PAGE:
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Archive for the ‘Ryan Lott’ Category

SOUNDTRACK: SON LUX-Tiny Desk (Home) Concert #200 (April 28, 2021).

Robin Hilton is a huge fan of Son Lux and it was his gushing that got me to check them out.

The band is absolutely incredible.  Ryan Lott started the band as a solo project.  He is the composer and singer (with an otherworldly voice and sensibility).  Guitarist Rafiq Bhatia, plays pretty melodies and then turns the same guitar into an instrument of noise.  Sometimes at the same time.

And then there’s drummer Ian Chang.  He is utterly mesmerizing to watch.  It’s not that he does things that other drummers don’t do–he just has his own sense of where beats should go.  And I love watching how he puts them there.  Ian Chang was supposed to open for Half Waif in 2019 and I wanted to go to the show mostly to see what Chang would be like as the main performer.

I had tickets to a Son Lux show and was really excited to go and then something came up and I was out of town.

But I can simply enjoy this concert.  And Robin’s excitement about it.

Watch this stunning “home” Tiny Desk performance from Son Lux and you might conclude the band members live together in an all-white universe without walls or boundaries. But it’s all an illusion. In fact, guitarist Rafiq Bhatia, drummer Ian Chang and singer-keyboardist Ryan Lott, who started Son Lux as a solo project back in 2008, each shot their own, separate video with their iPhones, at different times, at their homes scattered across different states. So did the guest vocalists, Nina Moffitt and Kiah Victoria. Editor Evan Chapman then stitched all the videos together.  The effect is dizzying and sometimes disorienting.

 Together – and alone – they’ve perfectly captured the upside-down world we’ve been living in this past year, where the lines between what’s real and imagined are blurred, all sense of place fades into the ether and the normally predictable rhythms of life come undone.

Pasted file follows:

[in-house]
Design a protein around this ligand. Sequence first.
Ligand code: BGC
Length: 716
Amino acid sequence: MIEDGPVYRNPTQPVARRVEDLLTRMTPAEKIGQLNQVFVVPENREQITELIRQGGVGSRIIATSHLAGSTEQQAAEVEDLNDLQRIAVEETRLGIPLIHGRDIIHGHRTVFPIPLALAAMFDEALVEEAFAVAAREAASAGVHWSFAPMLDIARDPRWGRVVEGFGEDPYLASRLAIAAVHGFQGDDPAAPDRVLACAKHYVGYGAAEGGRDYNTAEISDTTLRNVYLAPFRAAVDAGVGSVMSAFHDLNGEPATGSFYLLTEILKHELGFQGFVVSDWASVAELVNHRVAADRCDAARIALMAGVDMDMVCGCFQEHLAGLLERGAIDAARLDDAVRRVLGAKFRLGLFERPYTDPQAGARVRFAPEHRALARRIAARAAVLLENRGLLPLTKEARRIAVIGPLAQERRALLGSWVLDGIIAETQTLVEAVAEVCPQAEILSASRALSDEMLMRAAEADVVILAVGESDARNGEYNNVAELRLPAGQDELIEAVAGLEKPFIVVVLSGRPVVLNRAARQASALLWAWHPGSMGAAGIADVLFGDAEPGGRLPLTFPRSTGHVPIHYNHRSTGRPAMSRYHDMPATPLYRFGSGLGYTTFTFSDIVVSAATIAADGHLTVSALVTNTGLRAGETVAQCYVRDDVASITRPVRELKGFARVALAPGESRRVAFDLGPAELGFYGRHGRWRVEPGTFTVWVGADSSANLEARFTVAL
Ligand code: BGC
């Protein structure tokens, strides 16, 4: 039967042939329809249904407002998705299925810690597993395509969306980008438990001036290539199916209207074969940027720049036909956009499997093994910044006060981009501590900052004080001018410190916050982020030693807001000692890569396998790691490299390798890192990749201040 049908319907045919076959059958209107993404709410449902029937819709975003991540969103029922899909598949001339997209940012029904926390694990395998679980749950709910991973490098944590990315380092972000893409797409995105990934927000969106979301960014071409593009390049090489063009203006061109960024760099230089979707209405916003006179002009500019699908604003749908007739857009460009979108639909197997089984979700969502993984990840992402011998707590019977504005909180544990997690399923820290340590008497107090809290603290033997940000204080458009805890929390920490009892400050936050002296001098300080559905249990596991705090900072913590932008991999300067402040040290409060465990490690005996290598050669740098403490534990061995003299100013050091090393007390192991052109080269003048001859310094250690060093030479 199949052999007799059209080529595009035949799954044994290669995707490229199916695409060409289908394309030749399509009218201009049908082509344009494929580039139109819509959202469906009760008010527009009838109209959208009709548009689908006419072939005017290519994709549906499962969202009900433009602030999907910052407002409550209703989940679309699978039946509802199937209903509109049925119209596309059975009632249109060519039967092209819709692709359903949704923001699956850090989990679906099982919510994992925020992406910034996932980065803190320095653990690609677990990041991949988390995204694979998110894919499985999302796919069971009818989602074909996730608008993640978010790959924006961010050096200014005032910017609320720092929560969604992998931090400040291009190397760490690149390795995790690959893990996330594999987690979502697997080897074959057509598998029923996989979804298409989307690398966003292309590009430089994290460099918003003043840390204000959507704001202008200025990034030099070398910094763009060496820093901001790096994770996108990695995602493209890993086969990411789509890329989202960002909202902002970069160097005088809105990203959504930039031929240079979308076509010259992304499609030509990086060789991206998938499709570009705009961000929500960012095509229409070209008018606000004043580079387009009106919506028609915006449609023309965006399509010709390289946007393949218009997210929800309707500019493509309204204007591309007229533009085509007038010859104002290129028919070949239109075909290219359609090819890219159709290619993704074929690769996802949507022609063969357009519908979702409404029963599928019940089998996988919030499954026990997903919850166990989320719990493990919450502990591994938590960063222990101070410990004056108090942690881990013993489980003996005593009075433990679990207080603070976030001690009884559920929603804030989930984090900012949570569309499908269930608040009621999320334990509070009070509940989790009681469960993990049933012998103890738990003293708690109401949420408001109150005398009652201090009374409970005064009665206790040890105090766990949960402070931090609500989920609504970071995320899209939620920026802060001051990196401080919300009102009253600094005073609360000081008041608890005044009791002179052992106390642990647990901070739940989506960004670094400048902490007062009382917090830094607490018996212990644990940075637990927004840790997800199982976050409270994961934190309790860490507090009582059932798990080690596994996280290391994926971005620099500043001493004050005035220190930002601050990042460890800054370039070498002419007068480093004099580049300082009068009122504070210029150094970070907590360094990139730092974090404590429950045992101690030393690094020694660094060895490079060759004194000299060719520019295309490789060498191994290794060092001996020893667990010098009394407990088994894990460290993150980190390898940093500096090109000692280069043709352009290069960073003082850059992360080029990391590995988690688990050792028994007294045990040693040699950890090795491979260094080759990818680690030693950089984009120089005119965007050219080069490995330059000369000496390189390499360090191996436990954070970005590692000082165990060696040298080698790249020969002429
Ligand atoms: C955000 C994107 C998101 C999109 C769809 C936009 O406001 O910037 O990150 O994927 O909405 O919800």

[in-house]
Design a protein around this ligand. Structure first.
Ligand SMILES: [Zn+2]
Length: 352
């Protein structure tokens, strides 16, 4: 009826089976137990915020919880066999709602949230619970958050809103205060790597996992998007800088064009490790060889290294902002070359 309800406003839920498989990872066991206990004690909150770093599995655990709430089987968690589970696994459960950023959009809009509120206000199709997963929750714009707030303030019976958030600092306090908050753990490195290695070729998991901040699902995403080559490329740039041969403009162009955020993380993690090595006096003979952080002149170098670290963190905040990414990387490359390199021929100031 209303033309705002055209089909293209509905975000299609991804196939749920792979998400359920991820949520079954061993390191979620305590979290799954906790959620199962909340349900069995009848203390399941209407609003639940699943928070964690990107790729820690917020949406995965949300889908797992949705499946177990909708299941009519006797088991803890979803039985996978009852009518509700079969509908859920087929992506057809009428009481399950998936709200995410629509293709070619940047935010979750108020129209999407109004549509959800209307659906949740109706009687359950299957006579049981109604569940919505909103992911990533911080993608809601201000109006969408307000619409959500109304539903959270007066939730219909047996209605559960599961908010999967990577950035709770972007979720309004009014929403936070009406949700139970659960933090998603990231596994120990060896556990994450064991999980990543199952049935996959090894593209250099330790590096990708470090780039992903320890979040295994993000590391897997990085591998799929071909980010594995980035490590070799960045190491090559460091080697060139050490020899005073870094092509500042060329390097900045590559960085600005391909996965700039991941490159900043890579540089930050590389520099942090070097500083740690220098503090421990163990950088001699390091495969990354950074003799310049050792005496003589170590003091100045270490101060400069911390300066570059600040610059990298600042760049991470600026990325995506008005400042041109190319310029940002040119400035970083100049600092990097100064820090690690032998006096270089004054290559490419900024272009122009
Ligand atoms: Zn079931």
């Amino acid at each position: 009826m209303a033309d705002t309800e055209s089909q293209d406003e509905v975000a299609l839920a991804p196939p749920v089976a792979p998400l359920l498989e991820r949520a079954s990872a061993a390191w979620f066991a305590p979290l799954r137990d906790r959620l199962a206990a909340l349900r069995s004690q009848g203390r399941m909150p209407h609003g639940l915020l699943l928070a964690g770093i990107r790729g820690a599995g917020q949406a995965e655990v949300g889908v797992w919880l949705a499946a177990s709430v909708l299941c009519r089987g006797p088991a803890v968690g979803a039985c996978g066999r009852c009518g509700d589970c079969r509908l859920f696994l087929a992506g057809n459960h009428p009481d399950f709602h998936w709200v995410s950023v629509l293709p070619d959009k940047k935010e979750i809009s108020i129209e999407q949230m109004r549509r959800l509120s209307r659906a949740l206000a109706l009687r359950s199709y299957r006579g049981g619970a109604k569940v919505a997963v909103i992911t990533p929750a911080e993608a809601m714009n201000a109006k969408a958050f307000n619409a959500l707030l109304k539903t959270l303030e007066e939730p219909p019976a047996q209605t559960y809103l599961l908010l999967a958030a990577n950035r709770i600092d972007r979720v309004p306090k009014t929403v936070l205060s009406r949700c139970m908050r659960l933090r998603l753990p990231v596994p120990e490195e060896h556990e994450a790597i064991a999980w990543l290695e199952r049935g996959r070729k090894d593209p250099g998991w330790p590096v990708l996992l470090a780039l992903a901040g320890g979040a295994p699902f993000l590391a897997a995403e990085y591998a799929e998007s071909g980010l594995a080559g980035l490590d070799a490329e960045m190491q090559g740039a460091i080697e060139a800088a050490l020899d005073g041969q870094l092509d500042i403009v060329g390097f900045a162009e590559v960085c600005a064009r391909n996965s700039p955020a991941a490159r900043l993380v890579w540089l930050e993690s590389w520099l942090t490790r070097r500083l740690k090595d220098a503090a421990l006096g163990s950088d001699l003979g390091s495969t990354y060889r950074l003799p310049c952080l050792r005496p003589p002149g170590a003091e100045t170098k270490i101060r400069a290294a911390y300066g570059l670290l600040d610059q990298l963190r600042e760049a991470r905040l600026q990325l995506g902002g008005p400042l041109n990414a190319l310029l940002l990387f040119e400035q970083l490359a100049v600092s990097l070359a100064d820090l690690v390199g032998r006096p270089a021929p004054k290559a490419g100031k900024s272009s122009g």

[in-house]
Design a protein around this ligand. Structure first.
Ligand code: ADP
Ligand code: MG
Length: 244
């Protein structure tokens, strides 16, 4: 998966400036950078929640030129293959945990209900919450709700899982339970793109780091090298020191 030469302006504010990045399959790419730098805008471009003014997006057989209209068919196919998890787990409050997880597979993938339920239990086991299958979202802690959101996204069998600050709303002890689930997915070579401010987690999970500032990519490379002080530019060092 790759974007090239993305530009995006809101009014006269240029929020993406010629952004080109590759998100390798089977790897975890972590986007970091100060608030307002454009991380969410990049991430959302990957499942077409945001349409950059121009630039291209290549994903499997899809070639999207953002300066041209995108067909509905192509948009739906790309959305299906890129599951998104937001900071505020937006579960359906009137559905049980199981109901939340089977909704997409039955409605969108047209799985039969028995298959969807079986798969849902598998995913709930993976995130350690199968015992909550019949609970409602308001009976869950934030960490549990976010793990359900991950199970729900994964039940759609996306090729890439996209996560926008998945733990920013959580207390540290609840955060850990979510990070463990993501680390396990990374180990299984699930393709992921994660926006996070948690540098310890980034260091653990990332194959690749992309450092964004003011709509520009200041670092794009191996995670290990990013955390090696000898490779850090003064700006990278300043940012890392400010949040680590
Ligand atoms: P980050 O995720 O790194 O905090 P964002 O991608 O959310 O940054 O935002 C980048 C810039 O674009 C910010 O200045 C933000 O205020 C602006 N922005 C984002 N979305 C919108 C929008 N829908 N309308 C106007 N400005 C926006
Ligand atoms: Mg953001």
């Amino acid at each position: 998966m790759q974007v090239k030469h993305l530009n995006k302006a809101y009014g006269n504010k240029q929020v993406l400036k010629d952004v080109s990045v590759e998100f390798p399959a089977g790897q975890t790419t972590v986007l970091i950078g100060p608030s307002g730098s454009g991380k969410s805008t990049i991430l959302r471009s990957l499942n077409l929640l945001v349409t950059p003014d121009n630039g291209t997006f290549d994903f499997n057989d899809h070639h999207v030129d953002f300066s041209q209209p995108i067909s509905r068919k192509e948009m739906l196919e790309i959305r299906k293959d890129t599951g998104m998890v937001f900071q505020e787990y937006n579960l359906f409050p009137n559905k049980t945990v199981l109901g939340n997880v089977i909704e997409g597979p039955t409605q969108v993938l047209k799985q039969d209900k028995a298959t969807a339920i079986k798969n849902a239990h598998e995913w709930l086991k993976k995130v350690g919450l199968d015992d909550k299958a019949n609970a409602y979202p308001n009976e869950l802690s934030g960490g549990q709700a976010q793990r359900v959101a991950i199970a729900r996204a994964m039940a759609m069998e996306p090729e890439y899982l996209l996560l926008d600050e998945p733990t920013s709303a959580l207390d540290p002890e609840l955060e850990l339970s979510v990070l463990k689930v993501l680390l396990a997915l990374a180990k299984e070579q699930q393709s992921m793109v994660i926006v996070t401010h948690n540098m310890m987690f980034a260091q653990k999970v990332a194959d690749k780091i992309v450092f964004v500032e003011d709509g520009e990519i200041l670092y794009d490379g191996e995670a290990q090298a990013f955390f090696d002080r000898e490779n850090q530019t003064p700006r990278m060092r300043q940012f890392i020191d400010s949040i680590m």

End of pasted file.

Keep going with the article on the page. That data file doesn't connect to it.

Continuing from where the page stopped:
“Prophecy” opens with a bass line (which is actually Bhatia playing  seemingly simple guitar line.  Lott starts singing and then throws in some synths.   Once Chang hits a snare drums the voices seems to descend like they are falling to earth.  And from there, the melody continues with little guitar notions and gorgeous (and surreal) backing vocals from.  An unfussy but complicated drum fill transitions t the second half of the song.

superimposed images flicker and warble over one another against Bhatia’s skittering guitar lines. Everything is bent and a little off – intentionally, not because of the production challenges – and nothing sounds quite like you expect it to.

Near the end of the song we see Bhatia’s guitars one on top of the of the from the same angle–playing different things.

“Only” opens with an operatic voice and Lott’s keyboard as images flicker in an out.  Chang’s drums seem to roll as he uses brushes (rolling the stick on the rim of the drum) and plays short sharp fills–following perfectly Bhatia’s guitar.  And with the bass drum hits Chang flashes on screen in time.

Watch Bhatia’s all-too-short solo on “Only”

It’s simple and almost all static but it adds so much to this unsettled song.  As it does a the end of the song when the guitar seems to try to take over with the noises he’s making.  It’s easy to lose the beautiful keyboard melody that Lott is playing underneath as he sings in a clear, deeper voice: “I need a different kind of love.”

[Watch] Lott as he walks his fingers over the keys near the beginning of “Vacancy.”

The sounds are otherworldly and don’t seem like they are made by human hands.  So when Chang’s drums kick in (is he hitting the microphone or his lap?) it’s a shock of reality.

The players fade out visually so that Kiah Victoria can come in and sing lead for a verse–her voice is perfect.

The end part of the song features Bhatia paying the main melody on the guitar while the rest of the music seems to float in and  out.

The setlist for this performance includes a song from each of the band’s last three albums, a trilogy released over the past eight months, called Tomorrows III and III.

There’s really nothing quite like a Son Lux song.

[READ: June 1, 2021] “Old Enough”

The June 11 issue of the New Yorker had several essays under the heading “Summer Movies.”   Each one is a short piece in which the author (many of whom I probably didn’t know in 2007 but do know now) reflects on, well, summer movies.

Like Miranda July’s essay, this one is about the author’s first film.  Although for Marisa Silver it’s a feature film.

She had broken up with her significant other and the day before she started shooting, she went to get her essentials.  She promised herself that she would not get into it with the guy–she would be cordial and quick.   But instead, she found her stuff in the garbage out front:

everything I owned overflowing the twin garbage cans that fronted my old building

(this including school report cards she had felt the need to bring with her). (more…)

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